Building Green: Development and Evaluation of the Design Properties of and Environmentally Friendly Concrete
Started: April, 2009 Ended: September, 2012 Project ID #4W2540 Status: Completed
The objective of this project is to develop and test an environmentally friendly concrete using recycled materials including fly ash and recycled pulverized glass.
Concrete is the most widely used construction material in the world, and its use is expected to increase substantially in response to world population growth. The environmental impacts of using concrete as a construction material are significant, ranging from the CO2 emitted during its production and transportation, to the disturbance of virgin land for the production of aggregates and the extraction of limestone. Therefore, there is a compelling need for alternative “greener” materials for use in construction. Furthermore, if these “greener” materials are generated from common waste-streams, the environmental benefits are two-fold: reduced impacts from the manufacturing of building materials and reduced stockpiling of common waste products. The focus of this project realizes both of these benefits through the use of fly ash (a byproduct of burning coal to generate electricity) as a replacement for 100% of the Portland cement in concrete and the use of recycled glass as a replacement for traditional aggregate. This project will identify and characterize fly ashes from power plants around the country that are capable of replacing 100% of the Portland cement in concrete. Concretes consisting of these fly ashes and recycled pulverized glass as aggregate will be tested to determine their fundamental engineering properties and durability. Their structural performance in building components will then be determined through a series of beam and column tests. Results from this work will be used to provide the building industry with the information and procedures necessary to incorporate this innovative “green” material in their projects. The project will culminate with a large scale demonstration project in which conventional construction equipment is used to batch and place an engineered structure made with this new material.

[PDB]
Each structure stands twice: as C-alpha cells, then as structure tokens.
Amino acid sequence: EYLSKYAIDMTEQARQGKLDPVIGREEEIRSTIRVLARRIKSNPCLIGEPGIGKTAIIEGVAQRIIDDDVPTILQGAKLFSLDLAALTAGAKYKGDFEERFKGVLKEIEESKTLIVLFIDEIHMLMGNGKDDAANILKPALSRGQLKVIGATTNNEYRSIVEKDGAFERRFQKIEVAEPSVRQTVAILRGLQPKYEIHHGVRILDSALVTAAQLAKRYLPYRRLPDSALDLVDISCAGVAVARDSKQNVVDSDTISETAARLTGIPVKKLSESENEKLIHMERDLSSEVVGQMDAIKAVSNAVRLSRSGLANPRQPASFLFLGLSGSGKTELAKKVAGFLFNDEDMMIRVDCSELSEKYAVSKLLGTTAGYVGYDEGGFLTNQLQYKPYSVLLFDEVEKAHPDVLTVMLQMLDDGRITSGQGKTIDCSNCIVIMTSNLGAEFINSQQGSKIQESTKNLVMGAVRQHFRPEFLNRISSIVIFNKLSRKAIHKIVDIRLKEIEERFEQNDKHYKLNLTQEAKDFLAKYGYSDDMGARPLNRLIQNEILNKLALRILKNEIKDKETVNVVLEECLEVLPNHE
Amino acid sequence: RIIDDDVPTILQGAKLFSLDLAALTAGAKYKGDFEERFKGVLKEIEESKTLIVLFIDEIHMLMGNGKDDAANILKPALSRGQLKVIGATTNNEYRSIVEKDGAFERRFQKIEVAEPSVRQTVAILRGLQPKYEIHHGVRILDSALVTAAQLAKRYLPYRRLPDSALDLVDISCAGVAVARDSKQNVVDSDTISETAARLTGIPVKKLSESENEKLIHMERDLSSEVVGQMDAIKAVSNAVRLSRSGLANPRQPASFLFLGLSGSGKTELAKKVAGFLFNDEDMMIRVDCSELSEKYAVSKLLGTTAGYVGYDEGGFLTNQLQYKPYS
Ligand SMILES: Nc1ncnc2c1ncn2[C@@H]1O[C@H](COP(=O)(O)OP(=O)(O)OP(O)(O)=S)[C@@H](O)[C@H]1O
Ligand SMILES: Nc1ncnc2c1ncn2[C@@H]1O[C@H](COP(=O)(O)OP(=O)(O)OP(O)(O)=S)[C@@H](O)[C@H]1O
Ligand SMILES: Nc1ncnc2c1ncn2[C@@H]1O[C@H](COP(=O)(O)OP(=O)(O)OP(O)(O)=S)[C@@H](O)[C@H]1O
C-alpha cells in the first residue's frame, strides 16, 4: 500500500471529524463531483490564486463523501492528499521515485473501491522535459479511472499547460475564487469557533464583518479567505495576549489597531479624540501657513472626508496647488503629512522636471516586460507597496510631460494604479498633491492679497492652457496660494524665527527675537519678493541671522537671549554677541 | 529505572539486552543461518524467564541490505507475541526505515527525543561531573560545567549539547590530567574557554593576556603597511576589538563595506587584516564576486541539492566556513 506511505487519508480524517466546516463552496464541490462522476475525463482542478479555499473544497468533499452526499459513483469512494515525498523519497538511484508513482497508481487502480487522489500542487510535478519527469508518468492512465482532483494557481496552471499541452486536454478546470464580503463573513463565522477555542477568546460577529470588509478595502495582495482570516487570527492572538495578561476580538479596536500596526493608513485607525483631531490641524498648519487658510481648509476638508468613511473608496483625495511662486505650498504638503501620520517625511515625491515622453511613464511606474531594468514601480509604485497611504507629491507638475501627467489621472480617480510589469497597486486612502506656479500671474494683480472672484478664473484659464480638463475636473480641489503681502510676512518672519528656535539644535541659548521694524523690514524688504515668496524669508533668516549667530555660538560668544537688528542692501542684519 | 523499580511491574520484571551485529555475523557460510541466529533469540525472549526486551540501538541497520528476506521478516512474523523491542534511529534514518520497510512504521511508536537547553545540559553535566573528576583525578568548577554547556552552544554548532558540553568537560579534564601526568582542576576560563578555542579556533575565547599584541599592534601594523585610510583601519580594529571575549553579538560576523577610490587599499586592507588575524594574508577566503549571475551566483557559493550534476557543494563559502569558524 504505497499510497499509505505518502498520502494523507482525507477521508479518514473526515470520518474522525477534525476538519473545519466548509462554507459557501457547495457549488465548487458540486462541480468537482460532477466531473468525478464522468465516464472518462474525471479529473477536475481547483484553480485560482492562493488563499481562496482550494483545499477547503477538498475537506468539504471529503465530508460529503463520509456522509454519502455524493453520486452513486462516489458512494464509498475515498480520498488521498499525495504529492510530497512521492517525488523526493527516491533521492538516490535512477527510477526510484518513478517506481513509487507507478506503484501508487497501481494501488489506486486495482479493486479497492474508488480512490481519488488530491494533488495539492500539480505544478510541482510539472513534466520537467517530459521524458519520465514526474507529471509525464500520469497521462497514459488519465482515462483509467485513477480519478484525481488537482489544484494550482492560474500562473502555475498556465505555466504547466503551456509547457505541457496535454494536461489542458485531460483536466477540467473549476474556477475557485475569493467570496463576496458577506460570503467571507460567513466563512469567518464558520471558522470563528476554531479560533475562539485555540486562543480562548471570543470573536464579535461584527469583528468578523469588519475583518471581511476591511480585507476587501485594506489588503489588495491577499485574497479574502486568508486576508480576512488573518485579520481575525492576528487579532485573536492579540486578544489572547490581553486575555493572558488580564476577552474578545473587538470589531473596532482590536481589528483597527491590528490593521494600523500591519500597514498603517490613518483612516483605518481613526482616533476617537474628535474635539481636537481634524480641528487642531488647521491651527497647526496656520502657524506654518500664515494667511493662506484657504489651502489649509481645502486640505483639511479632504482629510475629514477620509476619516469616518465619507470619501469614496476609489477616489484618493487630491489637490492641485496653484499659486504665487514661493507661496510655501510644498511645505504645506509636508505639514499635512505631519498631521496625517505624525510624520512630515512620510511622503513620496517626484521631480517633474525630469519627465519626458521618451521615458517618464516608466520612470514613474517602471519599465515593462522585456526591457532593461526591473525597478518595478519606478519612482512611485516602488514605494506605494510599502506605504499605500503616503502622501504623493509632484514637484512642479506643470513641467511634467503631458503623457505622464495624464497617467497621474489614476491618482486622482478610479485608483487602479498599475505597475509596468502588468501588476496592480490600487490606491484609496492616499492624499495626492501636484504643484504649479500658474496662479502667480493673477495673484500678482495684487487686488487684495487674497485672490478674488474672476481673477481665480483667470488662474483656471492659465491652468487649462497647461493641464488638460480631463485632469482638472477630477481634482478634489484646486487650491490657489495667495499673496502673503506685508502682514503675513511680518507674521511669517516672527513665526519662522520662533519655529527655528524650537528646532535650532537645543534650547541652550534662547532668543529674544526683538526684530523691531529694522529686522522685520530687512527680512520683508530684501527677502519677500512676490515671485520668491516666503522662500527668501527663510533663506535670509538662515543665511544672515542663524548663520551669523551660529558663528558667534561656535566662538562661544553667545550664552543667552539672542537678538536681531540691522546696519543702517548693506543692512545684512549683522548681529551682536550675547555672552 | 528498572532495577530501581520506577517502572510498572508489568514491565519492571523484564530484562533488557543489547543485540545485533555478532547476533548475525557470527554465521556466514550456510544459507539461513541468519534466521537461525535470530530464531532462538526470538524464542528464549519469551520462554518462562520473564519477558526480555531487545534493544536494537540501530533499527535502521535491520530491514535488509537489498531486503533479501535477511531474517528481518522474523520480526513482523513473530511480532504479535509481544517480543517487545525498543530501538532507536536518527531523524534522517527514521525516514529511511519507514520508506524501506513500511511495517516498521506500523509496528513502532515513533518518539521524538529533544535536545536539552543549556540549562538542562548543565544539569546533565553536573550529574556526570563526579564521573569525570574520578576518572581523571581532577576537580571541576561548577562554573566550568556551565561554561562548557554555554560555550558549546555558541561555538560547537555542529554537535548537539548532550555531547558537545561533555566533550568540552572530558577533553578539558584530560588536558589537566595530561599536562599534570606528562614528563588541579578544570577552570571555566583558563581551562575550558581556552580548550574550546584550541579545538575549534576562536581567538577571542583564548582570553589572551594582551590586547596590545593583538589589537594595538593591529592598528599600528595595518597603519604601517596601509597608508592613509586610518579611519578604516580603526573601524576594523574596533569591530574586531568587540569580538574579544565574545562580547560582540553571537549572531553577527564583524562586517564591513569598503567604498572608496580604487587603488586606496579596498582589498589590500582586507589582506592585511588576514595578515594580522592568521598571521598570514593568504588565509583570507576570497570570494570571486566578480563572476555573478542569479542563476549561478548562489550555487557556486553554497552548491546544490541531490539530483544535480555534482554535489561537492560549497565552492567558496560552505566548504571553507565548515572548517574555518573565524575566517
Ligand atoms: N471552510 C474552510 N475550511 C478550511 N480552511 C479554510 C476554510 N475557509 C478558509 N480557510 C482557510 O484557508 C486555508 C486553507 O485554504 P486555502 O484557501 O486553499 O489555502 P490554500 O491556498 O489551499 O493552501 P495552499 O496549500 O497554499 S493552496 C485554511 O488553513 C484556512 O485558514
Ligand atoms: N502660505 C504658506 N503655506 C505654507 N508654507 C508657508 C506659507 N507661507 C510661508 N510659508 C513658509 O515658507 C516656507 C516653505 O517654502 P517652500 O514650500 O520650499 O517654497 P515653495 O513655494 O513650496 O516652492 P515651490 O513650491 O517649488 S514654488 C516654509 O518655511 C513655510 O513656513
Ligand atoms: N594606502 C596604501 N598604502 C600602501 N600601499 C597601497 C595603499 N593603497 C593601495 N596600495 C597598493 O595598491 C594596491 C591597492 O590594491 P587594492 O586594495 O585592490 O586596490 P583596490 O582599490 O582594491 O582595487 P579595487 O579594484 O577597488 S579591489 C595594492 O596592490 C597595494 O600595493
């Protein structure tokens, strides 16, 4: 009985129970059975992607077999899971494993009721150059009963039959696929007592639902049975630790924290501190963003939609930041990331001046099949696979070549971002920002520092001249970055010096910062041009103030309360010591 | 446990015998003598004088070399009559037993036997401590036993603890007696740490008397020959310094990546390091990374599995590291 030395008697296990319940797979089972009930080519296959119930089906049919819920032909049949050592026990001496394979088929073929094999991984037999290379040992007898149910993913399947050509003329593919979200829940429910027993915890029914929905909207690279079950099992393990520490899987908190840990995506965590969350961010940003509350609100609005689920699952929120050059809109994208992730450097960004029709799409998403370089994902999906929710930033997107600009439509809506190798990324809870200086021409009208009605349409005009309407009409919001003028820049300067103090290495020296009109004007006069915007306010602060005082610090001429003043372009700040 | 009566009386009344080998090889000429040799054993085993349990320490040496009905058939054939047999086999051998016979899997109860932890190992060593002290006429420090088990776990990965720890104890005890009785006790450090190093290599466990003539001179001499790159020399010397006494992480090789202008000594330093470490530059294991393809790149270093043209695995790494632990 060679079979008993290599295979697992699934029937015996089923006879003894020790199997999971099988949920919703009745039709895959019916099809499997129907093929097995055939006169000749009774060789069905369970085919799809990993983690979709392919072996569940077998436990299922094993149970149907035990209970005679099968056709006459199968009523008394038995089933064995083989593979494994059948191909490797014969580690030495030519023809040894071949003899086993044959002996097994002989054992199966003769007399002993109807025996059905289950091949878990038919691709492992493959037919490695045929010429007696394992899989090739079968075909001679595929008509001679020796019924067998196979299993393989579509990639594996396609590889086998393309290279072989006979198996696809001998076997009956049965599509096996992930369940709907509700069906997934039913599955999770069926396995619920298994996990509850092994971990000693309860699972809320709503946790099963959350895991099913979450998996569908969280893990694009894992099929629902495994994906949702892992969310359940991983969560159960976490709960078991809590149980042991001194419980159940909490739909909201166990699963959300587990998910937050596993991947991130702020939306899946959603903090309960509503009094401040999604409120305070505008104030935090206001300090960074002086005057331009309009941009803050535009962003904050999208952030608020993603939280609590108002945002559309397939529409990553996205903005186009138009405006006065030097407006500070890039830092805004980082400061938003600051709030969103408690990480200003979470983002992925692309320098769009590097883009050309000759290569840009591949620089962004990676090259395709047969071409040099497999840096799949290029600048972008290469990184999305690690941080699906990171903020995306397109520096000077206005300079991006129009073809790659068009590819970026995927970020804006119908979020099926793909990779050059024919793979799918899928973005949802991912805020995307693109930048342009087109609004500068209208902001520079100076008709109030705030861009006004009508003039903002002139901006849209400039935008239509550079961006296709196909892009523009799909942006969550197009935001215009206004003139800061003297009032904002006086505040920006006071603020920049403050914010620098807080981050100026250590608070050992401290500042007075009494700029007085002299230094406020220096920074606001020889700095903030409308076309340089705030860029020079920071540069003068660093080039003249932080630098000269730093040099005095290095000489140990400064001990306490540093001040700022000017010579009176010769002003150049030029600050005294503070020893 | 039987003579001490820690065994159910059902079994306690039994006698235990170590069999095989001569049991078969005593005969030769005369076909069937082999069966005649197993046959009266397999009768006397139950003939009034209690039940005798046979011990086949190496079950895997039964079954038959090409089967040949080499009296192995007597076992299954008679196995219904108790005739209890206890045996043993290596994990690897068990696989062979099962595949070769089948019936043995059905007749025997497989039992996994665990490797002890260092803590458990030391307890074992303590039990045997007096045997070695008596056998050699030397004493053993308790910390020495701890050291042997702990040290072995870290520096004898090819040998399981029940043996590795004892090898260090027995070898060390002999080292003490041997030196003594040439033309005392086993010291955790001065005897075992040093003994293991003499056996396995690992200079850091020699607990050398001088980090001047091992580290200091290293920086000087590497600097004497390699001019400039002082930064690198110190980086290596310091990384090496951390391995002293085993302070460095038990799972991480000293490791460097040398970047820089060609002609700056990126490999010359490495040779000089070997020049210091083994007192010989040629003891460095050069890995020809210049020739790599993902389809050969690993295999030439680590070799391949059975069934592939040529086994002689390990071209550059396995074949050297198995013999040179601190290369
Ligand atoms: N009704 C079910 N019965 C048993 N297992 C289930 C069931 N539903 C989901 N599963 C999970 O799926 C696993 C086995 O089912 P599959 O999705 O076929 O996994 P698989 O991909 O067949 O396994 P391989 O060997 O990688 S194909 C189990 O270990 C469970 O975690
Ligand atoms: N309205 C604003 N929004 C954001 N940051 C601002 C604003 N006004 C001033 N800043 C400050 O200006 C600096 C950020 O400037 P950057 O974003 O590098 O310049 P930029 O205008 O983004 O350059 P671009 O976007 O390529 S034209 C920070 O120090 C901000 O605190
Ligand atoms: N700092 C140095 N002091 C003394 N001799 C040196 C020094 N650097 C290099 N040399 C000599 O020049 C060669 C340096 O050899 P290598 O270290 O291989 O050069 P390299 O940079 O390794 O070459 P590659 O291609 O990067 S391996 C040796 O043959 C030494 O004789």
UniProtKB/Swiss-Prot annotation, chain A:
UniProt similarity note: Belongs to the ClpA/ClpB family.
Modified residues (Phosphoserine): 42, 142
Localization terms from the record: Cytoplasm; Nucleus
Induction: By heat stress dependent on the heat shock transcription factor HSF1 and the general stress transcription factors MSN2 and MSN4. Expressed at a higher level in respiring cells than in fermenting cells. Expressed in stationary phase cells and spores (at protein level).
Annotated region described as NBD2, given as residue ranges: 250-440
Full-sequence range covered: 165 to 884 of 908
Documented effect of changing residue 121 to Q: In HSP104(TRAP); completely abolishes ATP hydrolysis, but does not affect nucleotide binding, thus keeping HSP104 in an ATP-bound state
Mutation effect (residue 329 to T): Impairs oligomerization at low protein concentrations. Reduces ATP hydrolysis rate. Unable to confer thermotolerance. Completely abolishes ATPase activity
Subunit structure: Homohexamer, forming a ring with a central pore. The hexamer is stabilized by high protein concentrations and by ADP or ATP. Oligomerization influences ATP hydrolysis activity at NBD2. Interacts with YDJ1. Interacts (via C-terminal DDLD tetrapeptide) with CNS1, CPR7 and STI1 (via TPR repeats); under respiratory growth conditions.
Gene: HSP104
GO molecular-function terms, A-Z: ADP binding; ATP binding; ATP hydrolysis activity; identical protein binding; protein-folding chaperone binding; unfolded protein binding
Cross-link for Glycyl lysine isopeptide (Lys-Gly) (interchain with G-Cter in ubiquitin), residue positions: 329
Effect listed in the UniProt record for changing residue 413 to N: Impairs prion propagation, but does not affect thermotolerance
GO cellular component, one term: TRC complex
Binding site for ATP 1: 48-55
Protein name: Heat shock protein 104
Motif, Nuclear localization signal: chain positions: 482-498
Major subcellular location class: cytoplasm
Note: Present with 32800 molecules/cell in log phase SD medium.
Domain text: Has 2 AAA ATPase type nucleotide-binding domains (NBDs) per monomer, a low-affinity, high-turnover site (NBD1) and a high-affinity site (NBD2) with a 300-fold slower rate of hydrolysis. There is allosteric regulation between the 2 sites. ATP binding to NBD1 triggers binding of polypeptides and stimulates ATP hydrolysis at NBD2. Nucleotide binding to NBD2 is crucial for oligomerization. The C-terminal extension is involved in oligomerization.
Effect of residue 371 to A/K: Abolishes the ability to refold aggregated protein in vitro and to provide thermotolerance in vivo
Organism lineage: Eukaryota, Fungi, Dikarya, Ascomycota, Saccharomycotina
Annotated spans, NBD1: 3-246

Michael Berry - PI
Sponsors & Partners
- National Science Foundation Sponsor